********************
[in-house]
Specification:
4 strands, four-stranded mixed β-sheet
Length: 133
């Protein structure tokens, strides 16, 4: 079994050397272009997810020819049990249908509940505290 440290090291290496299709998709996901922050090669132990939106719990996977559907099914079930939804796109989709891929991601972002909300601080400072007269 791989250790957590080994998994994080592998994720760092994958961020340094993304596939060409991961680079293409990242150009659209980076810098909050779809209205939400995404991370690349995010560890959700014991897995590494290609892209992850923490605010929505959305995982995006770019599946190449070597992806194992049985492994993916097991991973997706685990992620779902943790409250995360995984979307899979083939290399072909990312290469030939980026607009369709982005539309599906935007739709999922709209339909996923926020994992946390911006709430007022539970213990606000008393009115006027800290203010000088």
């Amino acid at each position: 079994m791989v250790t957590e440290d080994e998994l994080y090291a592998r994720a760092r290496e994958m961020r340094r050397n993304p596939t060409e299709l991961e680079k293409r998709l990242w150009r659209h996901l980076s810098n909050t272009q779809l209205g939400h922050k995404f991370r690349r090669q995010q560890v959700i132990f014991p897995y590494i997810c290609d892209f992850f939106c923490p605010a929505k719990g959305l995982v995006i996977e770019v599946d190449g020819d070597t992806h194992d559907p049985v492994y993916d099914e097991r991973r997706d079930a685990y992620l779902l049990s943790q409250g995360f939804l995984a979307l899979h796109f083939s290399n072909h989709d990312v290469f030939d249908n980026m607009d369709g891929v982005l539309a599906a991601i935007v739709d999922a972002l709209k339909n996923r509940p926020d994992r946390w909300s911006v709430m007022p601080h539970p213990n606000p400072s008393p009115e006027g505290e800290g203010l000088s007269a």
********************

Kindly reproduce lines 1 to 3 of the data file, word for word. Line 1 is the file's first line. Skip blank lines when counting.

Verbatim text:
[in-house]
Specification:
4 strands, four-stranded mixed β-sheet